Angiosarcoma (AS) is a class of sarcoma (soft tissue tumor) that affects the blood and lymphatic endothelial cells. This cancer is very malignant and aggressive in nature, occurring in almost all parts of the body.
It is uncommon among children, but affects both men and women equally. Cutaneous AS, which develops on the skin, especially on the face and scalp, is the most common type of AS. The diagnosis of this condition is difficult because of the lack of or misleading symptoms; this also makes the treatment complex.
Symptoms of Angiosarcoma
The symptoms of AS vary depending on the location and type of the disease. In many cases, the signs of occurrence may not be visible in the initial stages and manifest only when the tumor reaches an advanced stage or spreads to other parts of the body.
The general appearance might resemble some infection, lesion, staining of the body part, and presence of soft tissue mass, depending on the amount of soft tissues replaced. It also ranges from anemia, hepatic dysfunction, and bleeding, to pain due to compression of structures.
For cutaneous or skin AS, the symptoms exhibited are:
- Change of skin color
- Appearance of bruises
- Lesions or cut
For AS that affects the joints, difficulty or limitation in motion occurs. Pathologic fractures are seen in the AS of bone. Sometimes, soft lumps are also manifested.
Symptoms of breast AS are:
- General pain
- Thickened breast wall
- Variation in size and shape of the breast
- Change in the shape of nipple (it turns in or sinks into the breast or possesses an irregular shape)
- Rashes on or around nipple area
- Fluid discharge with blood stains from the nipple
- Skin dimpling
- Swelling in the armpit
Deep AS has no symptoms and remains unidentified till it spreads to other areas of the body. Radiation-induced AS is seen with a thickened skin and increased lesions, which may be painless in the area where radiation has been applied. The area may be violet in color.
Causes of Angiosarcoma
The core causes of most AS cases are unknown. Pre-existing conditions are believed to pave the way for the development of these tumors. Yet, there are few risk factors or agents that can increase the complications associated with the condition.
Some risk factors are:
Lymphedema: Chronic lymphedema is the most commonly identified risk factor in the skin as well as soft tissue AS. It is commonly seen in:
- Women who had undergone radical mastectomy and had Stewart–Treves syndrome for long.
- Legs of patients who had undergone inguinal lymphadenectomy as a treatment for the spread of Kettles syndrome.
- People with chronic lymphedema from birth, or due to infections or unknown causes.
Radiotherapy: AS that is induced by radiation occurs in the absence of chronic lymphedema. It arises in the regions where radiotherapy has been used, e.g., for treatment of cancer in the ovary, breast, and cervix endometrium, as well as Hodgkin disease. The risk of this type of sarcoma increases with the increase in the dosage and is found to appear nearly a decade after the occurrence of initial tumor.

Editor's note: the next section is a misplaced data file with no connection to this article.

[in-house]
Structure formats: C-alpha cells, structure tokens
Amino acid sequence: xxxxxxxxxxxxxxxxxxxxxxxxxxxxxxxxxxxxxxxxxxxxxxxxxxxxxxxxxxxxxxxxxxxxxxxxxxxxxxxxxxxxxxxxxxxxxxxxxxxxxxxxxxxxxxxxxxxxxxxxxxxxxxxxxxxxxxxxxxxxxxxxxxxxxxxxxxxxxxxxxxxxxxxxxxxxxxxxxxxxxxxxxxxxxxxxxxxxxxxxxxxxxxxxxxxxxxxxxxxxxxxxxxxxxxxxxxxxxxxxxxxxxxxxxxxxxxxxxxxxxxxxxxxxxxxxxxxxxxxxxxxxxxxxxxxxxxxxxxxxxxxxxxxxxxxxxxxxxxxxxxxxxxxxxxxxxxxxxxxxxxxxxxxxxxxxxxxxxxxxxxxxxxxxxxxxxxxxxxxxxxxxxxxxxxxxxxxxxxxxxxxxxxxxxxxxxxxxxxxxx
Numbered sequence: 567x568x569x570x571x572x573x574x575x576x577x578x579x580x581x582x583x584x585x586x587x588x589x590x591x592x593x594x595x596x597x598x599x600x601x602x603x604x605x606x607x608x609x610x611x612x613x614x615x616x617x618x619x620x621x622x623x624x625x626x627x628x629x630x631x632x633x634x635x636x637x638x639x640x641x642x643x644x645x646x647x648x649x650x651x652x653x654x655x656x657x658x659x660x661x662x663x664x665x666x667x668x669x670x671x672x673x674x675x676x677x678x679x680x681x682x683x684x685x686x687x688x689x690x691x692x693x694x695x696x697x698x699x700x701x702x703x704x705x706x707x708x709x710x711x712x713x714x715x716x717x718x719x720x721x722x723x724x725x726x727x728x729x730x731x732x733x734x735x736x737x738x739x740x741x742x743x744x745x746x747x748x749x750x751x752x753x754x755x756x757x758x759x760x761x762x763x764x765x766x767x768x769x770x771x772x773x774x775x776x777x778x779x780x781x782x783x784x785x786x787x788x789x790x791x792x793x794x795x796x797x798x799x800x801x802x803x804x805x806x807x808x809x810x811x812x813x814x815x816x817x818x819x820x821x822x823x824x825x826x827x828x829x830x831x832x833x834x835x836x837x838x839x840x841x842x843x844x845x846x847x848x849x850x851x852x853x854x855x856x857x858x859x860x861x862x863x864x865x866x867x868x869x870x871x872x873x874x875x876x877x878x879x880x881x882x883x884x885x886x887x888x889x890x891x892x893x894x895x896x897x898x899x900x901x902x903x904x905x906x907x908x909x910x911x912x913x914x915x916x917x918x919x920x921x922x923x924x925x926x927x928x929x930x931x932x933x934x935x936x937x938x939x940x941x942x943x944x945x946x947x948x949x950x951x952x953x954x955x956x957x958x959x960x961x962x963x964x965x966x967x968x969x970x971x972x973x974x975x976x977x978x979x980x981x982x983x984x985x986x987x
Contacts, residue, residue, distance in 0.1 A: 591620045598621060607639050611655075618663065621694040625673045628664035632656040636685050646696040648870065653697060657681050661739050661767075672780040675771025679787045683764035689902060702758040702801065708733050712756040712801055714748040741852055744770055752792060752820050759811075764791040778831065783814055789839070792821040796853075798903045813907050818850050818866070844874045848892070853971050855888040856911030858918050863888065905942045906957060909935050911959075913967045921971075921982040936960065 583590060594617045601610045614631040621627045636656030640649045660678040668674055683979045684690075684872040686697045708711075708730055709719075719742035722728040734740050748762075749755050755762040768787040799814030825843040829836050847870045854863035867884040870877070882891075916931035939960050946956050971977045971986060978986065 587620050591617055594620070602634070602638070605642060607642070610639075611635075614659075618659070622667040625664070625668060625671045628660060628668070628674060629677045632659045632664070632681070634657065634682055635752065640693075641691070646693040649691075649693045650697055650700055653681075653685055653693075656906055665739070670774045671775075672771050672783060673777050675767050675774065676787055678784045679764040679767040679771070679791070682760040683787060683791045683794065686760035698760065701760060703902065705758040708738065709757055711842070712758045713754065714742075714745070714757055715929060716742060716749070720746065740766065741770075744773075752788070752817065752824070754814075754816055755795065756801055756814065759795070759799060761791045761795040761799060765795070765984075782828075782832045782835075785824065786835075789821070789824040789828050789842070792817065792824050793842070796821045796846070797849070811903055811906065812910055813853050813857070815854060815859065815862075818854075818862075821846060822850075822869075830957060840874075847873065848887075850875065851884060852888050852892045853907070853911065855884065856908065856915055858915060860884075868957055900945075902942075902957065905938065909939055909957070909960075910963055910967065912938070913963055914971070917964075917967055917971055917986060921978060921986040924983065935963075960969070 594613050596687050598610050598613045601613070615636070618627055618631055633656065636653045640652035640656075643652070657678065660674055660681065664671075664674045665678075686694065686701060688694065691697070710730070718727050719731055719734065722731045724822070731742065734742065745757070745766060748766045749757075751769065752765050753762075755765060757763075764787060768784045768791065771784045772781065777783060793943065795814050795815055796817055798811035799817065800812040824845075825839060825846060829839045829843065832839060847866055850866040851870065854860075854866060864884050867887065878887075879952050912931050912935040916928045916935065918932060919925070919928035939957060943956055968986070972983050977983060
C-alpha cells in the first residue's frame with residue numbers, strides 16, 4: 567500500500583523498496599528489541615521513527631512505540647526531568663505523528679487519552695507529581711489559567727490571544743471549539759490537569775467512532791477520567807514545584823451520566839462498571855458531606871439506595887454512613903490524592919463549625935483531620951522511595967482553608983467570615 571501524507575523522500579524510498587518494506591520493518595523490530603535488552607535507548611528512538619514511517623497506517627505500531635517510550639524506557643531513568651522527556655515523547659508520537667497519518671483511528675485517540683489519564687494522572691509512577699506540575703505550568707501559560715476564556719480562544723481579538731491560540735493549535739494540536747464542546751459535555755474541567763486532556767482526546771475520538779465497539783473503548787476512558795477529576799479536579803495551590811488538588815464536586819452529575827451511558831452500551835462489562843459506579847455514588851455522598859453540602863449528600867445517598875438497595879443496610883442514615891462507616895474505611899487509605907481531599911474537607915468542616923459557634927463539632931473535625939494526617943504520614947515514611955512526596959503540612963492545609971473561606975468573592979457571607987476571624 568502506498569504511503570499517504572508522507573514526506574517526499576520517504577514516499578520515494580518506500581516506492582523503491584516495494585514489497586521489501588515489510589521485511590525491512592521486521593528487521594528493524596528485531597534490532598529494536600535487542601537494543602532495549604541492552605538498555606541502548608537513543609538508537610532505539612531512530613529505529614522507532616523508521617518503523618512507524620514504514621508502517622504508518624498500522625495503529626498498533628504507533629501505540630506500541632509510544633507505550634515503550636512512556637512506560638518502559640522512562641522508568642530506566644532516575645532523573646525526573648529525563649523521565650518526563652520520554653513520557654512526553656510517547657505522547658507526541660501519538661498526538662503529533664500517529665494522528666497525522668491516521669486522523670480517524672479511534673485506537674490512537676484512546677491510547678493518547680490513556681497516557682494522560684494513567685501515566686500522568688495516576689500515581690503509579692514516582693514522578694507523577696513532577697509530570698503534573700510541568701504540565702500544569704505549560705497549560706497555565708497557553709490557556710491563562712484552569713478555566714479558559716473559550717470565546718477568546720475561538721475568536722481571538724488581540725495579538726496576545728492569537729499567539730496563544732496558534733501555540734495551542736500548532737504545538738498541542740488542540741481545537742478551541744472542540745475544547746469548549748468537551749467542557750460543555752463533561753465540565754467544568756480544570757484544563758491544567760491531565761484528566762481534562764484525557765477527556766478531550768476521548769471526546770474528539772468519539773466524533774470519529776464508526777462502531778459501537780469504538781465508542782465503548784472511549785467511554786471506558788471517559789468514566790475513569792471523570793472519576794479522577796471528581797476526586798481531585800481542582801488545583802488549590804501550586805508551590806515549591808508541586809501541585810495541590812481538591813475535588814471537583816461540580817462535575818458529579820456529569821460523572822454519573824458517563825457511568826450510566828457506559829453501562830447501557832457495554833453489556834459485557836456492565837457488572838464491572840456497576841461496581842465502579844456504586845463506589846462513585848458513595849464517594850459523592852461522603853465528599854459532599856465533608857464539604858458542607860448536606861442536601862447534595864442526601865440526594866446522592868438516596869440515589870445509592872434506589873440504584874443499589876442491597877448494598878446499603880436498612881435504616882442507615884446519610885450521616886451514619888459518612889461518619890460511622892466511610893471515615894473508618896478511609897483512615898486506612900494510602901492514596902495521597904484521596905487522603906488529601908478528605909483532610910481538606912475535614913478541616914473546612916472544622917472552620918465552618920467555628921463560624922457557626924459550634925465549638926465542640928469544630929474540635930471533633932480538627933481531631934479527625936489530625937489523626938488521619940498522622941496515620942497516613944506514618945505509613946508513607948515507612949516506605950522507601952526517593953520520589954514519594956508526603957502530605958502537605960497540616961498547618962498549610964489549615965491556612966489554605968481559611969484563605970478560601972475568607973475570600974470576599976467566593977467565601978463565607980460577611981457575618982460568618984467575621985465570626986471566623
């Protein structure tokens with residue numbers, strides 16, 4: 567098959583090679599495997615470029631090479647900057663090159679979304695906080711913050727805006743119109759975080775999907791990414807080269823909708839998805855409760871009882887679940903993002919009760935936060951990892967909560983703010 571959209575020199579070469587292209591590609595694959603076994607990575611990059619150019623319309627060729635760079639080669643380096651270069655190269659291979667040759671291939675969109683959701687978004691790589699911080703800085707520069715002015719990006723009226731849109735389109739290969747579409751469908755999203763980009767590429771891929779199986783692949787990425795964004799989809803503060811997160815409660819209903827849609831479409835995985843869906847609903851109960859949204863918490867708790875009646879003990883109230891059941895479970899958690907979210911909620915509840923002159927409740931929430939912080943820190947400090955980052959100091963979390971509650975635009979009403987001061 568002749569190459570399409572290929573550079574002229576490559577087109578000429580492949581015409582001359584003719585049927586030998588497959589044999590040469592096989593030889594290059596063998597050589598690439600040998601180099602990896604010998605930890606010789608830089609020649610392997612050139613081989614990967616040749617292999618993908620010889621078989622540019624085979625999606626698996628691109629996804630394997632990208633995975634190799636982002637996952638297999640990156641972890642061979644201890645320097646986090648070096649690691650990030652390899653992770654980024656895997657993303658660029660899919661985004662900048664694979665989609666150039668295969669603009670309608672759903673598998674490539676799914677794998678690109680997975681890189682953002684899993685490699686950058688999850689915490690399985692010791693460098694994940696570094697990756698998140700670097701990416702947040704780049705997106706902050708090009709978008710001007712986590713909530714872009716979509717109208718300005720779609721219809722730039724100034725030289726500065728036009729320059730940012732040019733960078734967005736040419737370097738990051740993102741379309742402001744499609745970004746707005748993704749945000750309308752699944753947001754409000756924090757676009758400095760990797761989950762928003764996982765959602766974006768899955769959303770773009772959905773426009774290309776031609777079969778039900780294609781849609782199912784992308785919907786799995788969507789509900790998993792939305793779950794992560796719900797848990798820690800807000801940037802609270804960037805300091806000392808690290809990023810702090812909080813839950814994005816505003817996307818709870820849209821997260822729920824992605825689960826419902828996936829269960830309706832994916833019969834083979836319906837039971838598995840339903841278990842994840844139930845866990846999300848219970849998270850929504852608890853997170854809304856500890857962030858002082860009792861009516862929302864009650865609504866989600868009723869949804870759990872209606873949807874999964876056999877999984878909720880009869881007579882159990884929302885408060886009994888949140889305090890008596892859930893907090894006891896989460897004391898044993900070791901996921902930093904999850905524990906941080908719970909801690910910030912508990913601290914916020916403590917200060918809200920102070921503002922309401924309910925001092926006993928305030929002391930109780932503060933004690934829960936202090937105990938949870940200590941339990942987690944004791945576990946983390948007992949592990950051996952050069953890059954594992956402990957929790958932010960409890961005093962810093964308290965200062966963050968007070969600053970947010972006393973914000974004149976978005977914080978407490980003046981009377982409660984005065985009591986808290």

Foreign Materials: The accidental or iatrogenic introduction of foreign materials into the body can increase the risk of developing AS. Some examples of such materials are steel, bone wax, plastic, surgical sponges, shrapnel, and Dacron.
Environmental Carcinogens: People are at an increased risk of AS when they are exposed to certain environmental carcinogens, which are:
- Sprays used against fungi and related species in vineyards.
- Fowler solution used to treat patients with psoriasis.
- Arsenic, which increases the chance of developing liver AS.
- Dioxin: an industrial toxin that is associated with the risk of soft tissue AS.
- Vinyl chloride, which is used in plastic industry for polymerization (causes liver as well as soft tissue AS)
Other factors: AIDS and pre-existing benign lesions are other related risk factors of the condition.
Genetic Causes and Inheritance of Angiosarcoma
Associations of AS with chromosomal abnormalities as well as genetic diseases that are inheritable were identified in recent studies. In this condition, there are two possibilities for frequent chromosomal abnormalities:
- Increase in the normal count of two in each of chromosomes 5, 8, and 20.
- The loss in count from chromosomes 7 to 22, and the male sex chromosome ‘Y.'
For example, in breast AS, gains in chromosome 8 are more common than any other genetic abnormalities.
Genetic diseases that are thought to have a link with AS are:
- Klippel–Trénaunay syndrome
- Von Hippel–Lindau disease
- Von Recklinghausen’s neurofibromatosis
Reports of a few isolated case studies also show that AS can happen among immediate relatives without any established cause. This underlines the chance of existence of a rare variant of AS which is inheritable or a probable, yet unknown exposure to an agent of the condition among the members of the family.
Reviewed by Afsaneh Khetrapal BSc (Hons)